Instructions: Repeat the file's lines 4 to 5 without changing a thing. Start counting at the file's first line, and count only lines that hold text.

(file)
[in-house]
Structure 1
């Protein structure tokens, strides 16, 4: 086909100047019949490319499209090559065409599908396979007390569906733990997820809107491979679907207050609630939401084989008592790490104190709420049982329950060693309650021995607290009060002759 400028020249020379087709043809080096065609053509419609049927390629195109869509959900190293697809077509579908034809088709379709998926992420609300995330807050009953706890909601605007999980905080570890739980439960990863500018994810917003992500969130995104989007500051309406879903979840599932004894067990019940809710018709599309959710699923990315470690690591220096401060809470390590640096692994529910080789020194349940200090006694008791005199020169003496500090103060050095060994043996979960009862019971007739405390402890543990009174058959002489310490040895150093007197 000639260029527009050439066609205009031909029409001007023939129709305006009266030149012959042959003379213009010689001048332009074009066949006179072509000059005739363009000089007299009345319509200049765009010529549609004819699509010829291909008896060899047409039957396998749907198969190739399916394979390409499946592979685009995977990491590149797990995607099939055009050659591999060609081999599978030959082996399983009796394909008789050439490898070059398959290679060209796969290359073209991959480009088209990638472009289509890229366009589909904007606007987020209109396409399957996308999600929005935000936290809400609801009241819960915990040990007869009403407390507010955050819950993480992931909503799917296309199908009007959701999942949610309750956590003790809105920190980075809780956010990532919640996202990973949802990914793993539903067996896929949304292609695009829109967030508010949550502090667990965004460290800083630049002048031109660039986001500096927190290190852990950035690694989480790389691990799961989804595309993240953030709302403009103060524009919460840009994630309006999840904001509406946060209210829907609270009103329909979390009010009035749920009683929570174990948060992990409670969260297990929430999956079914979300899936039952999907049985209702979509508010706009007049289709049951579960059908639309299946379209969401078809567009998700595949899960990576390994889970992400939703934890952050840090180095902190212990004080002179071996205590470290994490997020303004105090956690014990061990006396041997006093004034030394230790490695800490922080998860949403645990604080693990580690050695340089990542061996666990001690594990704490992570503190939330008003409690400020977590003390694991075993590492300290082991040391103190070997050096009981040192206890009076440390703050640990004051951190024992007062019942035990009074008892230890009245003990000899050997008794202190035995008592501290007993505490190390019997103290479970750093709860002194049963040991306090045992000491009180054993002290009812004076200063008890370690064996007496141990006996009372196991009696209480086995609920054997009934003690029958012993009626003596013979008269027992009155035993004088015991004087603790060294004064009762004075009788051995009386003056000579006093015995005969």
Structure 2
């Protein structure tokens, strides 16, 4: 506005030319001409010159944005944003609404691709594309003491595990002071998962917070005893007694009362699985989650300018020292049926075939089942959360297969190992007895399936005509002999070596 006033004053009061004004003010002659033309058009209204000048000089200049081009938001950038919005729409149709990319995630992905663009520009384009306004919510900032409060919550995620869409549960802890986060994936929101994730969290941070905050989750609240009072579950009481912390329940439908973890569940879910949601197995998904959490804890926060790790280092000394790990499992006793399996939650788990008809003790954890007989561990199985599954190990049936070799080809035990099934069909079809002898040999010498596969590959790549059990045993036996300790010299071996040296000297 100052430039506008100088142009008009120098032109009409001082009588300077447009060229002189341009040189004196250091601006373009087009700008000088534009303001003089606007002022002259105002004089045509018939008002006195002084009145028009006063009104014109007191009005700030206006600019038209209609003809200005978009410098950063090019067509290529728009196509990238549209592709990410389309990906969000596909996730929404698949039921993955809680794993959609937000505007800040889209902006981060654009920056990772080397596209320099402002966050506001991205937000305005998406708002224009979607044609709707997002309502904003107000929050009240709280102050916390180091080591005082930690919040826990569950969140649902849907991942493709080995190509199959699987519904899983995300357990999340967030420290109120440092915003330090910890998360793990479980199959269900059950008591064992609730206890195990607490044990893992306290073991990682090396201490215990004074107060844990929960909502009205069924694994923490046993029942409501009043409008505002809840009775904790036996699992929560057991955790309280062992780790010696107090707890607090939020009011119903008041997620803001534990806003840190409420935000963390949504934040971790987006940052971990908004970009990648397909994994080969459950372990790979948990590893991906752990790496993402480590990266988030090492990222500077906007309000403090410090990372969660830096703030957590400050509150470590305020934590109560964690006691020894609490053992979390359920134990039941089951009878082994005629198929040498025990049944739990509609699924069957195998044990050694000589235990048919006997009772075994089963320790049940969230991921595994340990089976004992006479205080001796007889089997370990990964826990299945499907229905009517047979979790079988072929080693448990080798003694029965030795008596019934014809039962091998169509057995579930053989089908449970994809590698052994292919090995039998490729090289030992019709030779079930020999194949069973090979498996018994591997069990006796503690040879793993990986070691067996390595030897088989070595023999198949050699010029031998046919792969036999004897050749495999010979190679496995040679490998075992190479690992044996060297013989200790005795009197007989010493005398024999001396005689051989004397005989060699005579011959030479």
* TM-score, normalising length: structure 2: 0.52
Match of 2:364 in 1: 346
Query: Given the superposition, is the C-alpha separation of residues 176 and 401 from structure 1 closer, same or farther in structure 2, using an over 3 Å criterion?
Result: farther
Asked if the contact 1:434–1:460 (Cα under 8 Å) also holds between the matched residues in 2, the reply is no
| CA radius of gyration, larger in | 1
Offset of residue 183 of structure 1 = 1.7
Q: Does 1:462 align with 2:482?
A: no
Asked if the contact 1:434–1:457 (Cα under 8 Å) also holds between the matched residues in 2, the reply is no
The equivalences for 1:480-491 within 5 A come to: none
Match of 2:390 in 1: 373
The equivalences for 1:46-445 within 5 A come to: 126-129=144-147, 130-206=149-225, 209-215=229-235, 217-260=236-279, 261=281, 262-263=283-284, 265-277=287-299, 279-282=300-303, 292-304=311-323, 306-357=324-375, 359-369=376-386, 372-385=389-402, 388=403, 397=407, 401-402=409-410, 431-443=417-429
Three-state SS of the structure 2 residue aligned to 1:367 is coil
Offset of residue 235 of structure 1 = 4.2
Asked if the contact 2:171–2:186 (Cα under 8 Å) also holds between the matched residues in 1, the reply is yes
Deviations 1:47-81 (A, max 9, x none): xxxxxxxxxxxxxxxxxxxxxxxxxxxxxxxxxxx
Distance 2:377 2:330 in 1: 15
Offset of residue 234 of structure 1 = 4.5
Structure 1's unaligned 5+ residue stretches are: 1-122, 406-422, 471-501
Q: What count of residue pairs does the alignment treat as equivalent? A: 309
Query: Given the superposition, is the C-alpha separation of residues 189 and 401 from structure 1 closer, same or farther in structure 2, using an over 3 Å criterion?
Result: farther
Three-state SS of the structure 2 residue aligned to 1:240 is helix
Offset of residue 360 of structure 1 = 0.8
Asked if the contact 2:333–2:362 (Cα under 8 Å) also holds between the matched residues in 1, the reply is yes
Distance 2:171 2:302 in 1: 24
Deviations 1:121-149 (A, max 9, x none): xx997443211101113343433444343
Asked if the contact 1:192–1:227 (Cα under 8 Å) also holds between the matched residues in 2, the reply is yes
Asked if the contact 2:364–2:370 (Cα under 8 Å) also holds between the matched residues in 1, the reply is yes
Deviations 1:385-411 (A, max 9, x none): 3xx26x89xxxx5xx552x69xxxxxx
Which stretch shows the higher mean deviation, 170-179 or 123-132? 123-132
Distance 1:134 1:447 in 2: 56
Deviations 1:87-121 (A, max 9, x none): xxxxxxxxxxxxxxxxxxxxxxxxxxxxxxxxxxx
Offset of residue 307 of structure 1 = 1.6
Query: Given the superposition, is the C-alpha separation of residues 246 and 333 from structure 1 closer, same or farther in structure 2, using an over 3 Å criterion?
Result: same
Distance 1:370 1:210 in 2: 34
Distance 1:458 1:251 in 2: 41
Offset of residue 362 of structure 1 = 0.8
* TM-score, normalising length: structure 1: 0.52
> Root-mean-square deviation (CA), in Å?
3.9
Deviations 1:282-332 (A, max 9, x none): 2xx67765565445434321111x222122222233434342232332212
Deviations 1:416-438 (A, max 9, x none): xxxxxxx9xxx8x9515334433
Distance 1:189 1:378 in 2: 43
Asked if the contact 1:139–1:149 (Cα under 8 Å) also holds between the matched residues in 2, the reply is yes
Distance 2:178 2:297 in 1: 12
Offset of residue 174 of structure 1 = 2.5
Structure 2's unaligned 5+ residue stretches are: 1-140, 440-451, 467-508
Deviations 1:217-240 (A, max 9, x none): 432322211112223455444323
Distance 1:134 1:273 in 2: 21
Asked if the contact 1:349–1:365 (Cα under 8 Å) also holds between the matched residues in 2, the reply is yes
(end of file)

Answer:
Structure 2
């Protein structure tokens, strides 16, 4: 506005030319001409010159944005944003609404691709594309003491595990002071998962917070005893007694009362699985989650300018020292049926075939089942959360297969190992007895399936005509002999070596 006033004053009061004004003010002659033309058009209204000048000089200049081009938001950038919005729409149709990319995630992905663009520009384009306004919510900032409060919550995620869409549960802890986060994936929101994730969290941070905050989750609240009072579950009481912390329940439908973890569940879910949601197995998904959490804890926060790790280092000394790990499992006793399996939650788990008809003790954890007989561990199985599954190990049936070799080809035990099934069909079809002898040999010498596969590959790549059990045993036996300790010299071996040296000297 100052430039506008100088142009008009120098032109009409001082009588300077447009060229002189341009040189004196250091601006373009087009700008000088534009303001003089606007002022002259105002004089045509018939008002006195002084009145028009006063009104014109007191009005700030206006600019038209209609003809200005978009410098950063090019067509290529728009196509990238549209592709990410389309990906969000596909996730929404698949039921993955809680794993959609937000505007800040889209902006981060654009920056990772080397596209320099402002966050506001991205937000305005998406708002224009979607044609709707997002309502904003107000929050009240709280102050916390180091080591005082930690919040826990569950969140649902849907991942493709080995190509199959699987519904899983995300357990999340967030420290109120440092915003330090910890998360793990479980199959269900059950008591064992609730206890195990607490044990893992306290073991990682090396201490215990004074107060844990929960909502009205069924694994923490046993029942409501009043409008505002809840009775904790036996699992929560057991955790309280062992780790010696107090707890607090939020009011119903008041997620803001534990806003840190409420935000963390949504934040971790987006940052971990908004970009990648397909994994080969459950372990790979948990590893991906752990790496993402480590990266988030090492990222500077906007309000403090410090990372969660830096703030957590400050509150470590305020934590109560964690006691020894609490053992979390359920134990039941089951009878082994005629198929040498025990049944739990509609699924069957195998044990050694000589235990048919006997009772075994089963320790049940969230991921595994340990089976004992006479205080001796007889089997370990990964826990299945499907229905009517047979979790079988072929080693448990080798003694029965030795008596019934014809039962091998169509057995579930053989089908449970994809590698052994292919090995039998490729090289030992019709030779079930020999194949069973090979498996018994591997069990006796503690040879793993990986070691067996390595030897088989070595023999198949050699010029031998046919792969036999004897050749495999010979190679496995040679490998075992190479690992044996060297013989200790005795009197007989010493005398024999001396005689051989004397005989060699005579011959030479």